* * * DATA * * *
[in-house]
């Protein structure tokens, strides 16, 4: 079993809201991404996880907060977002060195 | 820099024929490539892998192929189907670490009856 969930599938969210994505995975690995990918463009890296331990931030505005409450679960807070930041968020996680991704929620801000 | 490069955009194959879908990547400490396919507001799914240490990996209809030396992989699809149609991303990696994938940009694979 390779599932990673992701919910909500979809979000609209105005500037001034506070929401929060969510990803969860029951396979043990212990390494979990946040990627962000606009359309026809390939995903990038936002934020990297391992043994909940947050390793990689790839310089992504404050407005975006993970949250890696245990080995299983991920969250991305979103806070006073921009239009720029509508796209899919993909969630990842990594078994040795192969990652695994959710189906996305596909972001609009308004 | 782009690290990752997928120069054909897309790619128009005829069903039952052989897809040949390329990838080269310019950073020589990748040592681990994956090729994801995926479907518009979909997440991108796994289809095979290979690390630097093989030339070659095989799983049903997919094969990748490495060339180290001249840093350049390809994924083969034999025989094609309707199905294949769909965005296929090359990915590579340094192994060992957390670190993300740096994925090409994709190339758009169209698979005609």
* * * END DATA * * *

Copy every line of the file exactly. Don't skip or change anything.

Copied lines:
[in-house]
């Protein structure tokens, strides 16, 4: 079993809201991404996880907060977002060195 | 820099024929490539892998192929189907670490009856 969930599938969210994505995975690995990918463009890296331990931030505005409450679960807070930041968020996680991704929620801000 | 490069955009194959879908990547400490396919507001799914240490990996209809030396992989699809149609991303990696994938940009694979 390779599932990673992701919910909500979809979000609209105005500037001034506070929401929060969510990803969860029951396979043990212990390494979990946040990627962000606009359309026809390939995903990038936002934020990297391992043994909940947050390793990689790839310089992504404050407005975006993970949250890696245990080995299983991920969250991305979103806070006073921009239009720029509508796209899919993909969630990842990594078994040795192969990652695994959710189906996305596909972001609009308004 | 782009690290990752997928120069054909897309790619128009005829069903039952052989897809040949390329990838080269310019950073020589990748040592681990994956090729994801995926479907518009979909997440991108796994289809095979290979690390630097093989030339070659095989799983049903997919094969990748490495060339180290001249840093350049390809994924083969034999025989094609309707199905294949769909965005296929090359990915590579340094192994060992957390670190993300740096994925090409994709190339758009169209698979005609």